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Note to Trump: The ‘woman’s card’ does not guarantee ease

An example: When children with special needs, elderly parents, or spouses need caregiving, it is usually a woman who takes on the role of primary or even sole caregiver.

If The Donald ever needs a caregiver, it’s a good bet that Ivanka will provide the care if Melania Trump cannot do so.
REUTERS/Jonathan Ernst

After Donald Trump said Hillary Clinton employed a magical “woman’s card” to wend her way through the presidential campaign thicket with greater ease than might be so if she were a man, I thought about writing something. But despite possessing one of those woman’s cards, it was not easy for me to get something done at that moment.

Mary Stanik

I’ll explain. First, let me hasten to add my voice to the multitudes saying, oh (expletive inserted, then deleted) Donald, those woman’s cards you describe with such furor do not guarantee ease. Not even when some holders might meet your standards of beautiful. For one thing, we know that Hillary Clinton’s physical appearance and marriage receive much more unfair scrutiny than that of any male politician. That includes you, Donald. To be fair to your party, the physical appearance and marriage of your supporter Sarah Palin have received much more unfair scrutiny than that of any male politician. And we all know how a whole lot of women make quite a bit less than men who do the same jobs, for the same amount of time, at the same time. We know all too well about the relatively small number of women (compared to the number of women in the population) in Congress, in CEO suites, in the skilled trades, and more. We also are aware of the many complicated reasons for the lack of women in any number of fields, including the sometimes inconvenient fact that women are more likely than men to need to leave the workforce to raise families.

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Here’s another hugely inconvenient fact, one that explains my lack of ease in getting a commentary written any sooner. It is the fact that when children with special needs, elderly parents, or spouses need caregiving, it is usually a woman who takes on the role of primary or even sole caregiver. In my case, I’ve been my mother’s primary caregiver for nearly two years (actually, I’m more of a senior citizen’s dormitory resident adviser, but that’s another story). The National Alliance for Caregiving has estimated that about 29 percent of the U.S. adult population, or some 66 million people, are serving as caregivers for at least one family member.

According to the Family Caregiver Alliance, 53 to 68 percent of all caregivers are women (the range in percentages is due to caregiving differences and the amount of time spent providing care). Women caregivers spend an average of 21.9 hours per week on caregiving and male caregivers put in about 17.4 hours. Female caregivers are more likely to shoulder the tougher aspects of caregiving (such as bathing), while men are more likely to arrange outside care or help with finances. And 44 percent of caregivers live in or head households that are under twice the federal poverty level, as opposed to only one-third of non-caregivers living at such levels.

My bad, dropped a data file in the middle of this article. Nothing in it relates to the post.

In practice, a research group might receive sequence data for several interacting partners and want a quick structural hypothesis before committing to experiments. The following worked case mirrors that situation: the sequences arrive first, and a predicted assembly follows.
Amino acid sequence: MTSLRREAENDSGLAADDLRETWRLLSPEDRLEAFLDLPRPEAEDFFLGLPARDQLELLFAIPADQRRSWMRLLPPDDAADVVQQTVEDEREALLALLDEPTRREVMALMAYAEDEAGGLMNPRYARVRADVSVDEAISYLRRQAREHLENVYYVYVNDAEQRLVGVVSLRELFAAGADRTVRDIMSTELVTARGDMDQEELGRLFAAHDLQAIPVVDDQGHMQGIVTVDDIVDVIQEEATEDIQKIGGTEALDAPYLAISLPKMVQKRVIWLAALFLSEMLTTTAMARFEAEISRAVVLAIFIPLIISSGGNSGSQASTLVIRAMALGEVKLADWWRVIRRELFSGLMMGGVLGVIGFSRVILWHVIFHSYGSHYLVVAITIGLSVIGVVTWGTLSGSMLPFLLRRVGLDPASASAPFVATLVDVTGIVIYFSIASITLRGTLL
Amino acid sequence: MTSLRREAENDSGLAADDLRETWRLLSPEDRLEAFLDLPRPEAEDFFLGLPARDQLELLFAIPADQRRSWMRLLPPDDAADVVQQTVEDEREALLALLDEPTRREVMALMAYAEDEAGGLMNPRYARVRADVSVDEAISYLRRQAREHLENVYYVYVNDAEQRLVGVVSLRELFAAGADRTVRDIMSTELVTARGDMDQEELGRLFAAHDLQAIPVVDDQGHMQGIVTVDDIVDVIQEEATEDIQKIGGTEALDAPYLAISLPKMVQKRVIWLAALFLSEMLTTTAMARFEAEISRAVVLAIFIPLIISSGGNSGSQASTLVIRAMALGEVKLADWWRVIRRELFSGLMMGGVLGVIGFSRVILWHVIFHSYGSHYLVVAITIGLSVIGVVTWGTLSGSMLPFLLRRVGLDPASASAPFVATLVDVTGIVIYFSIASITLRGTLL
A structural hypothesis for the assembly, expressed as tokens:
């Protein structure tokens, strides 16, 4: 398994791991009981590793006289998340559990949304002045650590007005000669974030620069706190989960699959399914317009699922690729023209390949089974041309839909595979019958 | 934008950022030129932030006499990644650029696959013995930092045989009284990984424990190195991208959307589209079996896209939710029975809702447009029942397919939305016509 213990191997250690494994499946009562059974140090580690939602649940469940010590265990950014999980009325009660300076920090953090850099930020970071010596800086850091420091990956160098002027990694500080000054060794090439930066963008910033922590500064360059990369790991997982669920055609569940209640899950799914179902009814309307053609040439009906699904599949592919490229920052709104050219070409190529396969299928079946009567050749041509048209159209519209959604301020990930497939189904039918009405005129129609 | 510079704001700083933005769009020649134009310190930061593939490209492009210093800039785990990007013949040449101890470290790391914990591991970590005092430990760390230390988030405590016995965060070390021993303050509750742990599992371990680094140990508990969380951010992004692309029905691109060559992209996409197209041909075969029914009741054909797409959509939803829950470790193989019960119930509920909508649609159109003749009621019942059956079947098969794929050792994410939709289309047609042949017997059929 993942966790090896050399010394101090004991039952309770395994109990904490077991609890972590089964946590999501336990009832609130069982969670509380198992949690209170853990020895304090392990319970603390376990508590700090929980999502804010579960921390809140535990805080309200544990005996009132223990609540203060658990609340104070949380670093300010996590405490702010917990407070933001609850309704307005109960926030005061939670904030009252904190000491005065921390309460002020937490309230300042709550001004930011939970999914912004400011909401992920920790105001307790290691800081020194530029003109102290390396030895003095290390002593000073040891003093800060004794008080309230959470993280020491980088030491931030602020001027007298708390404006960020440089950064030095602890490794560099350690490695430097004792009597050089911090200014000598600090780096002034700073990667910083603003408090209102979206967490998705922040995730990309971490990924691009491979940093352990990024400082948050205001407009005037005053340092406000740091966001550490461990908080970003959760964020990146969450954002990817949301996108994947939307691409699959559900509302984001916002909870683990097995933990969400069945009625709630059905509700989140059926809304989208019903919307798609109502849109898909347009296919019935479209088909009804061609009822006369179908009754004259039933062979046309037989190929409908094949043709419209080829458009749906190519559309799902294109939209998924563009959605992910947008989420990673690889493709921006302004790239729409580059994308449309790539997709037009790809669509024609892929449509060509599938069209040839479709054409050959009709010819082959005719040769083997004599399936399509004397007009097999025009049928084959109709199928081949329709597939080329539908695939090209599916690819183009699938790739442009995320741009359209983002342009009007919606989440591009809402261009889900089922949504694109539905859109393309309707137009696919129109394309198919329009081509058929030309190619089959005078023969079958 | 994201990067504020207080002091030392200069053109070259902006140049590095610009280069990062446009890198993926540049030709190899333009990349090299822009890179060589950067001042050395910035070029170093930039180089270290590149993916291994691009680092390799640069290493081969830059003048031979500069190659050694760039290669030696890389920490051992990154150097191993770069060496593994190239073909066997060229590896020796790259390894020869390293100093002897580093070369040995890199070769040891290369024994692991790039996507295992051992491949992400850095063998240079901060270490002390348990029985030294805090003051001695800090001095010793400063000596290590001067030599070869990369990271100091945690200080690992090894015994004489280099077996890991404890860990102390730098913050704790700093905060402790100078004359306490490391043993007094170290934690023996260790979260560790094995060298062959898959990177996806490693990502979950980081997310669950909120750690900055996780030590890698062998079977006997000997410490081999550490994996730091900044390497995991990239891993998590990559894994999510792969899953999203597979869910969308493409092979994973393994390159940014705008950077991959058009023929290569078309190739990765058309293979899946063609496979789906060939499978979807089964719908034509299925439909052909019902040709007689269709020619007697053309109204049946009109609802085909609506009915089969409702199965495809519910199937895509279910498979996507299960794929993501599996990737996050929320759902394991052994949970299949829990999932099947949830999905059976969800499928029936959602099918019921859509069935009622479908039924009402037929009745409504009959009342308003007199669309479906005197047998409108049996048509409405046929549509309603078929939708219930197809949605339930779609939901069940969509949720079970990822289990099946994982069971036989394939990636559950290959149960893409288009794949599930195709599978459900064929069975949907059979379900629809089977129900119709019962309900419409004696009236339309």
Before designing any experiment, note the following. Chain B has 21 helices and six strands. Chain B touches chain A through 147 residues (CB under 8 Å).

I’m fortunate in that I’m not poverty-stricken and I’m childless. I work for myself, which permits more flexibility than might be the case if I were working at a “regular” job, as is the situation with most caregivers (many of whom also have dependent children). All the same, the caregiving life is far from easy, “woman’s cards” notwithstanding. In order to more readily receive help from my two brothers, I had to leave my Minnesota home and move my mother and myself to Arizona, where both brothers have lived for years. It’s a place where I knew almost no one. After four months here, I know a few people but none who can yet be called friends or solid professional contacts. If I want more than a day or two off, my brothers have to get away from their jobs, which is not always easy to manage or schedule. Caregiving can be tough on friendships. I’ve had people bluntly tell me they would have invited me to join them on vacations or other fun events but that “we thought you probably cannot leave your mother.” Yes, they are now former friends.

I’m not trying to whine. Compared to a whole lot of caregivers, I have nothing to whine about at all. As my mother has sufficient financial resources and is in that zone between being able to live alone with lots of help and being in assisted living, I think she is better off living with me at present. Still, while reflecting on how often women are called to caregiving, I cannot resist pointing out that Trump’s daughter, the poised and intelligent Ivanka, is the Trump family member who is her father’s primary promoter.

If The Donald ever needs a caregiver (many will say that idea is subject to great interpretation), it’s a good bet that Ivanka will provide the care if Melania Trump cannot do so. 

I’d also say that if such happens, no matter the Trump billions, her life will not be easy.

Even though she’ll hold a woman’s card.

Mary Stanik, a writer and public-relations professional, lived in St. Paul until her recent move to ArizonaShe is the author of the novel “Life Erupted.” 

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